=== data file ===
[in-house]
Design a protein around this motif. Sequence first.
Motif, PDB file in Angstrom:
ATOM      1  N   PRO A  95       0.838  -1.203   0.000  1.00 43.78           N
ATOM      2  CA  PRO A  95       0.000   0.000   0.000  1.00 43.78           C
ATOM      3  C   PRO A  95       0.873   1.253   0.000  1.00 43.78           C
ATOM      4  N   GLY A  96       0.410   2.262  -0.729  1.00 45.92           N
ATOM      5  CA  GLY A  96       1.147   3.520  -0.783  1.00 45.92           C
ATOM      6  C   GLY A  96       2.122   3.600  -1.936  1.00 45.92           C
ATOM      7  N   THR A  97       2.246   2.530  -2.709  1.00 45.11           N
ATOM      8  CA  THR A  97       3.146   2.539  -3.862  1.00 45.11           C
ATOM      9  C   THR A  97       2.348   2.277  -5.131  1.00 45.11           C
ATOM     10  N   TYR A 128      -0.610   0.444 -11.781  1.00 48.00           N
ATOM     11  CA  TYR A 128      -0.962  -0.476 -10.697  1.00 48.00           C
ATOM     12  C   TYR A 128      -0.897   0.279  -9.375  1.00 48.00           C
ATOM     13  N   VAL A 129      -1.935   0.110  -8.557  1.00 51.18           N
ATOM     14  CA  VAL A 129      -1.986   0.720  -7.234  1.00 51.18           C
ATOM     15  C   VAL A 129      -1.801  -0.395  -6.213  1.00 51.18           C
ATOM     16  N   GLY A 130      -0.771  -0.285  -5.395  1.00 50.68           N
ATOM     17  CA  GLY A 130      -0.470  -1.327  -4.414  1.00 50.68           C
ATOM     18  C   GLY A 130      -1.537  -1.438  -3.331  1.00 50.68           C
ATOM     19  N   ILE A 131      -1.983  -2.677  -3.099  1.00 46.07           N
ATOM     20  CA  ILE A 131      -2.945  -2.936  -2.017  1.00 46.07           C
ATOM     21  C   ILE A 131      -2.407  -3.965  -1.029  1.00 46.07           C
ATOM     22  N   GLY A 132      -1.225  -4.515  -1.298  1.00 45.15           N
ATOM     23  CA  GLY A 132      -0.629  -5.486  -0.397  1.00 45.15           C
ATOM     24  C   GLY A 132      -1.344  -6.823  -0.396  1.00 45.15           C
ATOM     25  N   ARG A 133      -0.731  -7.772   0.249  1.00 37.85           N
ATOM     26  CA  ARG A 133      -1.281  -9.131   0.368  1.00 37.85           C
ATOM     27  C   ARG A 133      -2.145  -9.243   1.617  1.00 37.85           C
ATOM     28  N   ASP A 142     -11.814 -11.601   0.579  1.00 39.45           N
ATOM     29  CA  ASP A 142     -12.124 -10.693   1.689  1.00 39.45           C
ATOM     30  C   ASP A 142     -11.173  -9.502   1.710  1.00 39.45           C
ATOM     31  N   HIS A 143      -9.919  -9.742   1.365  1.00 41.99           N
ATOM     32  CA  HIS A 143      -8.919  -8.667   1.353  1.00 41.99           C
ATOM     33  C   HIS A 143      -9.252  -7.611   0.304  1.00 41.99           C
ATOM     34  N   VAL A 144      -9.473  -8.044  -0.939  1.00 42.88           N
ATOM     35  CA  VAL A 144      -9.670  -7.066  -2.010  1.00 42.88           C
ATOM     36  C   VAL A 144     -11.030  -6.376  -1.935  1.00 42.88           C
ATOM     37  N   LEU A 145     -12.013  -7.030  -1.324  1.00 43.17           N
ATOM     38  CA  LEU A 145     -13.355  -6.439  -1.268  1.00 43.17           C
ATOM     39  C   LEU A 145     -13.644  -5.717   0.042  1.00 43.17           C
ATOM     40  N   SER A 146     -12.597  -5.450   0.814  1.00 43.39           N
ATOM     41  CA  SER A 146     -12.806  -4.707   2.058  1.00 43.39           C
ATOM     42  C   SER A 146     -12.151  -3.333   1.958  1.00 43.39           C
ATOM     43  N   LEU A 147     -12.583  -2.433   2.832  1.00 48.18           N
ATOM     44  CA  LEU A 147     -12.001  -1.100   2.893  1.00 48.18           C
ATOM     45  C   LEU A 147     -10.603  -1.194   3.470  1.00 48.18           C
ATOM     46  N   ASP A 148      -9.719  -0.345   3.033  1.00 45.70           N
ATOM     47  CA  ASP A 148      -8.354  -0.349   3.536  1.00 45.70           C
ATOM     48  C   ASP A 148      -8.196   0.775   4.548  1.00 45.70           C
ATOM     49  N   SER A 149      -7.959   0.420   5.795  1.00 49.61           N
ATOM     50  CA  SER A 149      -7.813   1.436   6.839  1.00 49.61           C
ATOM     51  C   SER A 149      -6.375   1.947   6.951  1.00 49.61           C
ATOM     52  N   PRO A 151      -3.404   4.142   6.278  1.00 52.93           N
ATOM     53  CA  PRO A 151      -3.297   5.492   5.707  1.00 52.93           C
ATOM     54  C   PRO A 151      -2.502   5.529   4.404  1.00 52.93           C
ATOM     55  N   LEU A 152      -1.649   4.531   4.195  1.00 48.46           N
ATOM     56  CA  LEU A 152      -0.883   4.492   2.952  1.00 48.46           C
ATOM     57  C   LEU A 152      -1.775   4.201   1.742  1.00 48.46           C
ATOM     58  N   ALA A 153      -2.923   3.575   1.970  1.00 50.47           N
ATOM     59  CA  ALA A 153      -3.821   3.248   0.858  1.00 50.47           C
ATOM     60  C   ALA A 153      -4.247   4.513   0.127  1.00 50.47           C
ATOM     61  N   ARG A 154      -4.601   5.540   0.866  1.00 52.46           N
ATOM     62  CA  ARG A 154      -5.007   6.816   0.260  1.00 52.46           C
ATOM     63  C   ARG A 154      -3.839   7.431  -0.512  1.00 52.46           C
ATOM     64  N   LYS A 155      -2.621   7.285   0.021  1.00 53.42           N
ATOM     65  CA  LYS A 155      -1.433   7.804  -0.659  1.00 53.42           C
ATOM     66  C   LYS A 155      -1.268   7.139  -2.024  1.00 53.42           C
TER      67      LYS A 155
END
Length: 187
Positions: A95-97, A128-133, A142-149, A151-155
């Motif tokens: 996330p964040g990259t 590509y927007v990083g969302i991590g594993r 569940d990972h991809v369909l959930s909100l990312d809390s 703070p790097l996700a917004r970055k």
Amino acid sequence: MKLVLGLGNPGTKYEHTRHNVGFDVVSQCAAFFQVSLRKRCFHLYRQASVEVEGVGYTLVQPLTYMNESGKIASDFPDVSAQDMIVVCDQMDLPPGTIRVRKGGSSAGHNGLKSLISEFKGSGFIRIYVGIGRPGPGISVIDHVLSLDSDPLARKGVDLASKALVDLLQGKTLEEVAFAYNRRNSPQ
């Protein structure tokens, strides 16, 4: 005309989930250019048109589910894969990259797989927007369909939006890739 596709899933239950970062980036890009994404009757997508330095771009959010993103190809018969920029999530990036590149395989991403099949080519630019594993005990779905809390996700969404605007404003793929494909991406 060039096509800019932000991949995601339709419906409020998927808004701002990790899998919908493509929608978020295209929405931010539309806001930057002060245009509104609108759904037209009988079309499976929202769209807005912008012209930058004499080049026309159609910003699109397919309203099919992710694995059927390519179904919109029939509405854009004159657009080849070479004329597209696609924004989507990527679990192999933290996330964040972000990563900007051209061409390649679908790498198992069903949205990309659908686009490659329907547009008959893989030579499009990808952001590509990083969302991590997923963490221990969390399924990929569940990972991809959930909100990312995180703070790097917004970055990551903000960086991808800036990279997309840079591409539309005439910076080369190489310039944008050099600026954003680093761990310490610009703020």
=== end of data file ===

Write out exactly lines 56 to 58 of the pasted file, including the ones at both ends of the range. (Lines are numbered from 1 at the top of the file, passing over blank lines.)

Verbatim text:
ATOM     53  CA  PRO A 151      -3.297   5.492   5.707  1.00 52.93           C
ATOM     54  C   PRO A 151      -2.502   5.529   4.404  1.00 52.93           C
ATOM     55  N   LEU A 152      -1.649   4.531   4.195  1.00 48.46           N